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  • Writer's pictureDon Wilding

Cape captain's Krakatoa ordeal

A tsunami claimed over 200 more lives in Indonesia this weekend, following an eruption on Anak Krakatau, one of the world’s most infamous volcanic islands.

The island is on the site of the Krakatoa volcano, which claimed over 36,000 lives during the final week of August in 1883.

Brewster sea captain Benjamin C. Baker and the crew of the barque W.H. Besse somehow survived passing through the elemental fury stirred by the volcano eruption on Krakatoa Island.

The Besse approached the Sunda Strait on Aug. 26, 1883, but the Cape Cod captain avoided the area after being warned of the impending disaster by a Dutch captain.

Following sunrise the next day, darkness overtook the sky. “All hands were called on deck, every bit of canvas furled, the port anchor let go, and Captain Baker, with the fortitude of one resolved to die at his post, calmly awaited the catastrophe,” wrote J. Henry Sears in his book, Brewster Ship Masters, in 1906.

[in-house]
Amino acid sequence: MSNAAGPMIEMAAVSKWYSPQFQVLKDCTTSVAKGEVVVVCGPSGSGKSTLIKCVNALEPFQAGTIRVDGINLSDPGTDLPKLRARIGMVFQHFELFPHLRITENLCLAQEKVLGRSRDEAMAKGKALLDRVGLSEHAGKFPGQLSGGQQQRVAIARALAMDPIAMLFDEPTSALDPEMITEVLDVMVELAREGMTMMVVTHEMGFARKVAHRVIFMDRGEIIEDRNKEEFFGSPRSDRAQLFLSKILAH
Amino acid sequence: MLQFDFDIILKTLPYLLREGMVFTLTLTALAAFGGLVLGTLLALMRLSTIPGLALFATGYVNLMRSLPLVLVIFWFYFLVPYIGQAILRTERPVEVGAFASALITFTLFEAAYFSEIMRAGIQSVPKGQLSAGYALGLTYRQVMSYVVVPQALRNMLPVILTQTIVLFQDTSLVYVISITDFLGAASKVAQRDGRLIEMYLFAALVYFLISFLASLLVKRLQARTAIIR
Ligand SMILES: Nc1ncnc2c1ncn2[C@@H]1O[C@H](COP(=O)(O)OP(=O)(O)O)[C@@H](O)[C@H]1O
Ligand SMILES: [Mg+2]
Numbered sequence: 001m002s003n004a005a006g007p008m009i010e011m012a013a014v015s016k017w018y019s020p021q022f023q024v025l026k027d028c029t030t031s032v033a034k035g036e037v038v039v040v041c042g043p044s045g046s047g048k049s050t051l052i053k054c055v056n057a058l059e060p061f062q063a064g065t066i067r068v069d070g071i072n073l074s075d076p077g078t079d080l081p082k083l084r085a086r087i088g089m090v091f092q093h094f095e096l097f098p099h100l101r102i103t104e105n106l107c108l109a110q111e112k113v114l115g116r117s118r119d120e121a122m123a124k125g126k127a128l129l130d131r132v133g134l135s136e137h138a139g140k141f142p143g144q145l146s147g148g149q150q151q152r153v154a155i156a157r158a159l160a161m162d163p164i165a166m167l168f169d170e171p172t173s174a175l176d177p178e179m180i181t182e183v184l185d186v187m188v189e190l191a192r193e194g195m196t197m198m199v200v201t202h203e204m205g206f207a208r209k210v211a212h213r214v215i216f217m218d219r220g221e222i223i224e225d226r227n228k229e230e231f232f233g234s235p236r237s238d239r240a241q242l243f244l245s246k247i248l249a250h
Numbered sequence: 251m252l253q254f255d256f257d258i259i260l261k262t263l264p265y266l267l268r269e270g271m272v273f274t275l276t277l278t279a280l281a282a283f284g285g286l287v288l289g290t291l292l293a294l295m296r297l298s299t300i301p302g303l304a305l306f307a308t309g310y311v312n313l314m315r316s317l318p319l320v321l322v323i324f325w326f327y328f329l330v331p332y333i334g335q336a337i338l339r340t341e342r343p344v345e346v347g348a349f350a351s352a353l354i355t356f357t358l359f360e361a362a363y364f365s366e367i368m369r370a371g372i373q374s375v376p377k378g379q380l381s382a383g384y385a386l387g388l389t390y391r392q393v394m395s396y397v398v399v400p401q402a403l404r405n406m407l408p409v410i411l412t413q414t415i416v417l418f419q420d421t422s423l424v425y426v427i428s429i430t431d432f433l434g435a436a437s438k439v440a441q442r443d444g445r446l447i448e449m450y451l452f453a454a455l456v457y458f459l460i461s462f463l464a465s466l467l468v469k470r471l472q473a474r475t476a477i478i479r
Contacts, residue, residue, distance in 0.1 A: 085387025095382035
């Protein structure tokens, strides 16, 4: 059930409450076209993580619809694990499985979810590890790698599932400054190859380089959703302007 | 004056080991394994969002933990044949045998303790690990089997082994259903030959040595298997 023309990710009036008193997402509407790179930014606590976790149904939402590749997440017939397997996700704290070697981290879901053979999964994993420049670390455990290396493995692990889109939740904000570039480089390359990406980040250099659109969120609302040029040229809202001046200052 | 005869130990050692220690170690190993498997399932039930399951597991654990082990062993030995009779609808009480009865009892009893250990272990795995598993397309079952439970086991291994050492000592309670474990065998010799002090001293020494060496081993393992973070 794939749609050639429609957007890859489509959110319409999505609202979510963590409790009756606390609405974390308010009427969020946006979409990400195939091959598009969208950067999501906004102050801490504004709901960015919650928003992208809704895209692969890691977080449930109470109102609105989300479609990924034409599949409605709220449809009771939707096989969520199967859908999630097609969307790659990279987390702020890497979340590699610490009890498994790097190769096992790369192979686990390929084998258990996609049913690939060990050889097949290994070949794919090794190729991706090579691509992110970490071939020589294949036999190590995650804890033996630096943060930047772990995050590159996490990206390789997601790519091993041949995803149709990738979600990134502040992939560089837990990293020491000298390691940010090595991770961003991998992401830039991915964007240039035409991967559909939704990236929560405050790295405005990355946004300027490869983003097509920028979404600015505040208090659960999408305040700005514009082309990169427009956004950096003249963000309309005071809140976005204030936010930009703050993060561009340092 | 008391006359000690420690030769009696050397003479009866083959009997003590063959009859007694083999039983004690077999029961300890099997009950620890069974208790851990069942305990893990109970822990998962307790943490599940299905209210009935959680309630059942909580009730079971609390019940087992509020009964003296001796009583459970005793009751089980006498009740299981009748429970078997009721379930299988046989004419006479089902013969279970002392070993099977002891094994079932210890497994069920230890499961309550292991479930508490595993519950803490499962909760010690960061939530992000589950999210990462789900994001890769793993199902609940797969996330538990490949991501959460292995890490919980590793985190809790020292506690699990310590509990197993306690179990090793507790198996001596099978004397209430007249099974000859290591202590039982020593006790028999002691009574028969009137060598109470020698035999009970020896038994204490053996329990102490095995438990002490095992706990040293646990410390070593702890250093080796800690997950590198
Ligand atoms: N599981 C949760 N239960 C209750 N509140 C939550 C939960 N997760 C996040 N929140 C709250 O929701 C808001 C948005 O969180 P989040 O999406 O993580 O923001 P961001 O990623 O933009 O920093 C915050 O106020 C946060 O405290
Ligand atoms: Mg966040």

The ship was then slammed by a squall, which included “a heavy shower of sand and ashes.”

The ocean was full of dead people, animals, trees, and ash. Illnesses, such as Java fever, overcame several crew members, including the first mate.

The Besse dispatched its anchor that day, which might have been a lifesaving move. “Scarcely had the sails and port anchor been disposed of than the squall struck the side of the barque with terrific force. The starboard anchor was then let go with 80 fathoms of chain,” Sears noted.

The Besse somehow made it back to Boston several months after the record eruption, with only seven surviving crew members. Upon its arrival in South Boston, one of those crew members was asked about their journey. “You bet,” he replied. “You bet we had a hard voyage.”

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